My problem with the work he co-authored with Mr. Levine is that the data set they chose to examine is largely meaningless. Their work would most certainly benefit from their sitting down with a lawyer who truly understands the pertinent law, one who is neither pro nor anti-patents and copyrights, and working in concert to identify truly relevant data upon which their research should rely.

I do not want to be viewed as “picking” on the authors because the same criticism can be leveled at most researchers dealing in this subject matter area…both those who conclude IP is “bad” and those who conclude IP is “good”. Quite frankly, I am not at all sanguine that the “goodness” or “badness” of the IP regime can ever be answered conclusively. Based upon my experience, the only intellectually honest answer that can be given is a resounding “I/We do not know.”

Lonnie E. Holder February 8, 2009 at 10:03 pm

newson:

You state boldly that everyone pays for IP. I respectfully disagree. No one needs to pay for IP that chooses not to pay. Do the Amish pay for IP? In general, no. Does a person who buys a home and puts furniture into it pay for IP? No. The vast majority of people who pay for IP do so because they choose to do so. Consider this the next time you purchase something that is patented.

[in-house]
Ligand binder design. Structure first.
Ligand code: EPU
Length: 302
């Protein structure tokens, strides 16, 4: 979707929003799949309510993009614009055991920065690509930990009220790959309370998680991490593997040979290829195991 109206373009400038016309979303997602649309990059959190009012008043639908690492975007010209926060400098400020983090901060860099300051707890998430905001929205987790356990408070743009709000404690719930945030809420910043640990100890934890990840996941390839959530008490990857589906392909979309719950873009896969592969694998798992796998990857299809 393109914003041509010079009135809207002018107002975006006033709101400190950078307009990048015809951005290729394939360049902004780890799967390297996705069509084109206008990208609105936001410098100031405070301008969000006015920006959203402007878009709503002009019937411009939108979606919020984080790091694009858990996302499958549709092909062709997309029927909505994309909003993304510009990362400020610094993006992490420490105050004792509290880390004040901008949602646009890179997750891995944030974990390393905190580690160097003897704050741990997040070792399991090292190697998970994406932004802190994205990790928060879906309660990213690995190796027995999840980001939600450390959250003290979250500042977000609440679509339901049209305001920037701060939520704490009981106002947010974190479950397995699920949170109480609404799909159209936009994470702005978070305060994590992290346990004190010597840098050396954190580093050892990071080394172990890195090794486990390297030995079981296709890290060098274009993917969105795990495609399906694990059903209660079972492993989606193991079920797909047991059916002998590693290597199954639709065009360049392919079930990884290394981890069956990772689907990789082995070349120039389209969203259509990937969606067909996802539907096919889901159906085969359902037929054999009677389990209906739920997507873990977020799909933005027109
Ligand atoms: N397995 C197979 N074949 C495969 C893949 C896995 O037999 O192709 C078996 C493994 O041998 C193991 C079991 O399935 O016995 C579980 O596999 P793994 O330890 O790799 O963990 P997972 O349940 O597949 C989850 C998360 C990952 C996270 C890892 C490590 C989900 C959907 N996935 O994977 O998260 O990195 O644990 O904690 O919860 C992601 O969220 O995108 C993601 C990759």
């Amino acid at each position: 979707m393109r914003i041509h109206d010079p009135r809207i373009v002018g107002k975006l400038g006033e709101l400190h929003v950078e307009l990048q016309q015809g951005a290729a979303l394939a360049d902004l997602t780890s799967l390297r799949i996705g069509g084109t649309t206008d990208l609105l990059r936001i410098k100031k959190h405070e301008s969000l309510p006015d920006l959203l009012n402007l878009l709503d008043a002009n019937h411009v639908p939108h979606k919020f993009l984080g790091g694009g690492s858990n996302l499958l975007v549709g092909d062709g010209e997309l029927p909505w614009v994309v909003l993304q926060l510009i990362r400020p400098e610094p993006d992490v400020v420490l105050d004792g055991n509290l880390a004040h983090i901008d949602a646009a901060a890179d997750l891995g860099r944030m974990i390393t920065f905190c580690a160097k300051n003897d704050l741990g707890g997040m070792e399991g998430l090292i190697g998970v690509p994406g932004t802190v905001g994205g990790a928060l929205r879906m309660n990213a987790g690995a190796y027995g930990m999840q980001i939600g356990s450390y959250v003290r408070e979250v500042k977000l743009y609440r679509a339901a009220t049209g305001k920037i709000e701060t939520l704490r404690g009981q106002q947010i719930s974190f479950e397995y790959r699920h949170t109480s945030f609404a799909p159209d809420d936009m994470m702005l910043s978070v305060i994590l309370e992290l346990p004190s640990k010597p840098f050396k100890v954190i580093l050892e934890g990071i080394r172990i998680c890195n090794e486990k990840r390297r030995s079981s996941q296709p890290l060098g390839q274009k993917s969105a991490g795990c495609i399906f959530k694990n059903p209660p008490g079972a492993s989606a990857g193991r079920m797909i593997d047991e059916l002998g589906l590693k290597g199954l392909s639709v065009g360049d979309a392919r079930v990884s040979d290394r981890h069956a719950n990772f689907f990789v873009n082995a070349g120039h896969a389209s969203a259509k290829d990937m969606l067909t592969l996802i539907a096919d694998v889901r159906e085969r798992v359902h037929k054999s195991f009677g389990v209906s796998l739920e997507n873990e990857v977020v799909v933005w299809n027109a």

Of course, then there is the question of how much people pay. If IP costs $1 million, and saves $1 billion (which has happened), then what is the cost of IP? Is it negative? Does that mean that everyone who has received the benefit of that IP gets a positive benefit from that IP?

Here is a conundrum. There are people who are anti-IP who claim, without proof, of course (it is easy to assert a position without evidence) that without IP a market would have provided the same solution. What this means, of course, is that IP in fact provided a quantifiable benefit. Saying that a free market would have provided the same benefit is merely providing another route to achieve the same end, a route that, I might add, also contributed to some of the worst ills ever bestowed on mankind. I leave you to review history regarding free markets and some of the many ills that free markets led to.

newson February 9, 2009 at 8:50 am

le holder says:
“No one needs to pay for IP that chooses not to pay. Do the Amish pay for IP? In general, no. Does a person who buys a home and puts furniture into it pay for IP? No. The vast majority of people who pay for IP do so because they choose to do so.”